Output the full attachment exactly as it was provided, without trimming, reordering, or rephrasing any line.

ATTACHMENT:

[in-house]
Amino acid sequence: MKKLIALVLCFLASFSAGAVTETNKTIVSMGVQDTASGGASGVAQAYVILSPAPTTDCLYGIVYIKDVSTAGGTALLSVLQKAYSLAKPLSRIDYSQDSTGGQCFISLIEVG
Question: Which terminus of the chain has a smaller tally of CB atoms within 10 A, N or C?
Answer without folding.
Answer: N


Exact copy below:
[in-house]
Amino acid sequence: MKKLIALVLCFLASFSAGAVTETNKTIVSMGVQDTASGGASGVAQAYVILSPAPTTDCLYGIVYIKDVSTAGGTALLSVLQKAYSLAKPLSRIDYSQDSTGGQCFISLIEVG
Question: Which terminus of the chain has a smaller tally of CB atoms within 10 A, N or C?
Answer without folding.
Answer: N